Oil prices posted slight gains on Tuesday in Asia as caution enveloped markets in anticipation of the US consumer price index (CPI) data and the Organization of Petroleum Exporting Countries’ (OPEC) monthly report, both due later in the day.
April contract Brent crude oil futures climbed 0.07% to $82.06 per barrel, while March contract US West Texas Intermediate (WTI) crude futures added 0.14% to $77.03 per barrel.
The two benchmarks traded near two-week highs, but volumes were curbed due to China’s week-long Lunar New Year holiday.
Crude prices were rangebound for the second consecutive session as oil’s recent sharp rise seemed to have started easing. Prices rallied in the previous after a proposed ceasefire deal between Israel and Hamas fell apart following a rebuff from Israeli Prime Minister Benjamin Netanyahu.
Israel continued its attack against the Palestinian militant group while the Iran-backed Houthi rebels carried on with their assaults in the Red Sea.
The move from the Yemeni group was an apparent indication of the Israel-Hamas conflict possibly disrupting supplies worldwide, as transporting oil cargo through the region took longer after being rerouted in an attempt to avoid the crisis in the vital sea trade pathway.
US CPI Data, OPEC Monthly Report In Focus
Traders are now focused on the US’s upcoming CPI inflation reading for January, which is expected to affect the Federal Reserve’s course on interest rates.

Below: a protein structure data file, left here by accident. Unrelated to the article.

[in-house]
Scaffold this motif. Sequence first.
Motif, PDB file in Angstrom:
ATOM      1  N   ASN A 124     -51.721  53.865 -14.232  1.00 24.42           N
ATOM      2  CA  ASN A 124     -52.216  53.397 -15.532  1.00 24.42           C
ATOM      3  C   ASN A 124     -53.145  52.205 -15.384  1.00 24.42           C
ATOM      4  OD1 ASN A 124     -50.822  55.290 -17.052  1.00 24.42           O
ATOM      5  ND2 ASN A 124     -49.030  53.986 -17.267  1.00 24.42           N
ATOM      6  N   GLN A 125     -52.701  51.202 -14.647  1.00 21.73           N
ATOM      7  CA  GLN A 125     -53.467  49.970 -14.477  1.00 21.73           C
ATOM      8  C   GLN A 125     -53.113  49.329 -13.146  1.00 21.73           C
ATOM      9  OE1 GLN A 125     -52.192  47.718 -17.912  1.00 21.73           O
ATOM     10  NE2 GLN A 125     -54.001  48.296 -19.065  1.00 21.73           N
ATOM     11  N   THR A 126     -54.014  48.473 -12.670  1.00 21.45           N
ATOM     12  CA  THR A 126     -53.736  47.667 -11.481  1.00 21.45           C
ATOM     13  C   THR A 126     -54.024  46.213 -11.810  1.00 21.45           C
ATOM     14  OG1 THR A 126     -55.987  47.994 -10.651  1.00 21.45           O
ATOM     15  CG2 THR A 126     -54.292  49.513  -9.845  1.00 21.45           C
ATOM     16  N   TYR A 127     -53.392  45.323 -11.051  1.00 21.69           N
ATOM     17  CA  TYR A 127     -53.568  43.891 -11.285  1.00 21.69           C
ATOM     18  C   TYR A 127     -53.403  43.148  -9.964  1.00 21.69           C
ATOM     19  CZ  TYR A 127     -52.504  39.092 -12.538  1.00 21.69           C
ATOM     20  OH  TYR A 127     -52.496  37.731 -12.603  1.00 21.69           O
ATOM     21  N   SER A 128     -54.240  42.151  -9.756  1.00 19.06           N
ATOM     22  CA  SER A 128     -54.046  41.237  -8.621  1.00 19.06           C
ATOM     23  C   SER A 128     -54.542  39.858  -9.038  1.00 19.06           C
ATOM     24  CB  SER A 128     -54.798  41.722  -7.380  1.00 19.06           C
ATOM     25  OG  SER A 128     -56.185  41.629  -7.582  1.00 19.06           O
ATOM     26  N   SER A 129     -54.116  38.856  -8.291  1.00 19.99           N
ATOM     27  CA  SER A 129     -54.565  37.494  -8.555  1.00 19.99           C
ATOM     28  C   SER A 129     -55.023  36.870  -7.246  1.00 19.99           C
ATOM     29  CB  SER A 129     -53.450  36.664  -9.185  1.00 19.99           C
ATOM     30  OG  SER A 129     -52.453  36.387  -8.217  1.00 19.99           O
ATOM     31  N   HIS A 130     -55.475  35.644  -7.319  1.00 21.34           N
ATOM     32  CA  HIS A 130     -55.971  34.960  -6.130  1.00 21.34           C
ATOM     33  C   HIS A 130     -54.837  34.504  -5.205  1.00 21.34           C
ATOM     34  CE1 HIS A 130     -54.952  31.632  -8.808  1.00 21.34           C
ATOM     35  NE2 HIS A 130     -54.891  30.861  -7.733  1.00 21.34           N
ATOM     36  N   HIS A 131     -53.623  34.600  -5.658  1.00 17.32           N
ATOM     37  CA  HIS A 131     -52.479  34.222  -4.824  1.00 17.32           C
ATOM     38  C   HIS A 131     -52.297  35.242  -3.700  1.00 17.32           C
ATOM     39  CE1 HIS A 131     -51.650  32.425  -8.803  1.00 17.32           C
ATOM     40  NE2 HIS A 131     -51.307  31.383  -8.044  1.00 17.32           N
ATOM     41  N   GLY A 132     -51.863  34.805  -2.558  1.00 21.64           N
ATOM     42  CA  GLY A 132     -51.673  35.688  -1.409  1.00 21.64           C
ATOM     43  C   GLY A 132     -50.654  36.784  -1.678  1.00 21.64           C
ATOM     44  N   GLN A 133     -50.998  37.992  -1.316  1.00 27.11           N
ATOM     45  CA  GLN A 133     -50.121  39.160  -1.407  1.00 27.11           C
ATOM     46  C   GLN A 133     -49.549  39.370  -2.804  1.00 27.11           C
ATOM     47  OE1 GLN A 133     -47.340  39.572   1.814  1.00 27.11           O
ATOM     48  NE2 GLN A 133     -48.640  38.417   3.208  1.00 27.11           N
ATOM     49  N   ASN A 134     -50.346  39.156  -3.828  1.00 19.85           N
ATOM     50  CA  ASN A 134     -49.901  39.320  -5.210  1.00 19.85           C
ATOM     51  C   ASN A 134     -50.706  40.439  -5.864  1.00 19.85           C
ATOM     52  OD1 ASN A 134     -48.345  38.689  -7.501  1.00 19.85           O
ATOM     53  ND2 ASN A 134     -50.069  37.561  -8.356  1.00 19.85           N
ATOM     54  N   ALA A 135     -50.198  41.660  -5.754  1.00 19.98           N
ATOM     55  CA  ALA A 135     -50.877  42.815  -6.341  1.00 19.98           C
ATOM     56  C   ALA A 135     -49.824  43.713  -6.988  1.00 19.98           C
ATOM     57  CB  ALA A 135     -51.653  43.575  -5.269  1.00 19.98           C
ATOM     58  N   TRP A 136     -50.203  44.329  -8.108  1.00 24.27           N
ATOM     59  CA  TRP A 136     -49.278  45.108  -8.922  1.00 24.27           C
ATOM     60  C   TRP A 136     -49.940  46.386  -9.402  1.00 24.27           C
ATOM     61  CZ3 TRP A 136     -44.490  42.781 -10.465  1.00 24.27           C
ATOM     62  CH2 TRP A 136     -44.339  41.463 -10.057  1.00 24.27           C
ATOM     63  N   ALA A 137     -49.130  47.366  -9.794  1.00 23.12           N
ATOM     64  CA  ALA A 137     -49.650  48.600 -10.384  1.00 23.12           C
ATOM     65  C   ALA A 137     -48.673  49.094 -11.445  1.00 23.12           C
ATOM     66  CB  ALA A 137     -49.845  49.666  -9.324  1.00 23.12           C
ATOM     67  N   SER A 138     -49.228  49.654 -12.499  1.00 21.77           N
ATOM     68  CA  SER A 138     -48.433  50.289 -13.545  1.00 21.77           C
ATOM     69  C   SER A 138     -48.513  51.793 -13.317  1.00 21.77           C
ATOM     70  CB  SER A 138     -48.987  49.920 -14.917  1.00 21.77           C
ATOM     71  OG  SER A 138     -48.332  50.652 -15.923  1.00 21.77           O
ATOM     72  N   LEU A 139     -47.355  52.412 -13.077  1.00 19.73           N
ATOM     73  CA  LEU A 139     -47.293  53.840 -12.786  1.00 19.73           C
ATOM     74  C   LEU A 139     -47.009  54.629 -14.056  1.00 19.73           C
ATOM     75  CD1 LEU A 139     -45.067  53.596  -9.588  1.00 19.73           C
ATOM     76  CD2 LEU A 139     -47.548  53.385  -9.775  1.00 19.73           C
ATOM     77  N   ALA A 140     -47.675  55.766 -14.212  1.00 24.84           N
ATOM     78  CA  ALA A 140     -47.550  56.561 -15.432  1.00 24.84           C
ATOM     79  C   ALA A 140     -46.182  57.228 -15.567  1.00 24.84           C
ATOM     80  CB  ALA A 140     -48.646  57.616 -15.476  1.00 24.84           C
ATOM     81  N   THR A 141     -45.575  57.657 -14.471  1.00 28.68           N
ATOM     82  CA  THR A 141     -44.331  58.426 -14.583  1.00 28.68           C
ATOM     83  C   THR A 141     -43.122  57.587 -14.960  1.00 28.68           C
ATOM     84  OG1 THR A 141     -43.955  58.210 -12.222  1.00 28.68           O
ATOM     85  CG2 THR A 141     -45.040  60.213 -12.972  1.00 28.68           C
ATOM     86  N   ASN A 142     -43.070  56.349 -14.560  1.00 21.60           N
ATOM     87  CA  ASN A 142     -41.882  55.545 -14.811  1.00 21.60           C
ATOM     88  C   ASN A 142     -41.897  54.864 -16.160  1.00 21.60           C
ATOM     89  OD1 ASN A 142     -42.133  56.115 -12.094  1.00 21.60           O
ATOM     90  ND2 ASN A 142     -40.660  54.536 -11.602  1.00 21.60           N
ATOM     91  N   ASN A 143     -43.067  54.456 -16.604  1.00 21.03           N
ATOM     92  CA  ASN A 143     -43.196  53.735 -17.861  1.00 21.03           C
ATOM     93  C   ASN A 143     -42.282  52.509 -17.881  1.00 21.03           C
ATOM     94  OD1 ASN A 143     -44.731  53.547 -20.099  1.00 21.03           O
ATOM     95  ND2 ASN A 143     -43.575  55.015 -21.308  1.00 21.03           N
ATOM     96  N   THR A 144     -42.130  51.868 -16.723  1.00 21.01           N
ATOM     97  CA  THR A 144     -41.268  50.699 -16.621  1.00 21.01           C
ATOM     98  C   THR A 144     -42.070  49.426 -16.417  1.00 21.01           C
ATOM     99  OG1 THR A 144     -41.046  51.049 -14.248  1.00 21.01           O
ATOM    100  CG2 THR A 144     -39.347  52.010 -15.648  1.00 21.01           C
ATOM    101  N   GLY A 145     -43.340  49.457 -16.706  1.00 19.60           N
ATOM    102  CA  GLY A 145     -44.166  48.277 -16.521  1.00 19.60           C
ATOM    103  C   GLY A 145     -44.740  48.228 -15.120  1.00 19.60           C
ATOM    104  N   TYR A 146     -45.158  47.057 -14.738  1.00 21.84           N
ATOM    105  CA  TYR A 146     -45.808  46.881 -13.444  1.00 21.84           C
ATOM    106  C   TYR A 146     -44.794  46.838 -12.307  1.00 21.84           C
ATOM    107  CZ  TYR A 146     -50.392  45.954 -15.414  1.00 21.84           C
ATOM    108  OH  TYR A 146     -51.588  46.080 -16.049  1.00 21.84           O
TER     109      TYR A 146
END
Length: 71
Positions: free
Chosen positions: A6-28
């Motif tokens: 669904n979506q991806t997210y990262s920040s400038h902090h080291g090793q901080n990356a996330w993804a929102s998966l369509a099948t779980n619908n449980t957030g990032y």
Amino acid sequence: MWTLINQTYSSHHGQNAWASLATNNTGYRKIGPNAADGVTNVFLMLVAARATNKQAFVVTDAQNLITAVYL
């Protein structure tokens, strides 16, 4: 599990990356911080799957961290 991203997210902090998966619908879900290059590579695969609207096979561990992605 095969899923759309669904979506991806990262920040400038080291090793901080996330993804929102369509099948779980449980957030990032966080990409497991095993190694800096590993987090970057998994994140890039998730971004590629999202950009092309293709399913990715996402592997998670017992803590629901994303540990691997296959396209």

The data is expected to present a further decrease in inflation at 2.9% last month, staying above the Fed’s annual target of 2%.
The central bank recently said a sticky inflation may extend the period for higher interest rates, signaling continued pressure on the world’s largest economy in the coming months, which might weaken crude demand.
The potential of higher interest rates also supported the US dollar, thereby weighing on oil prices. A higher greenback pressures the demand for crude by increasing its price for overseas buyers.
In addition, the UK’s inflation data and the eurozone’s gross domestic product (GDP) figures will be published later this week. GDP data from the region is seen remaining down. Europe’s sluggish expansion has added to doubts about oil demand in the coming years.
Traders also anticipate further cues on the OPEC’s demand outlook with the release of its monthly report later Tuesday.
OPEC and its allies, including Russia, have held output levels in their recent meeting and stated that they expect a significant surge in crude demand in the next two years.
The report from the group will be followed by a monthly report from the International Energy Agency (IEA) on Thursday.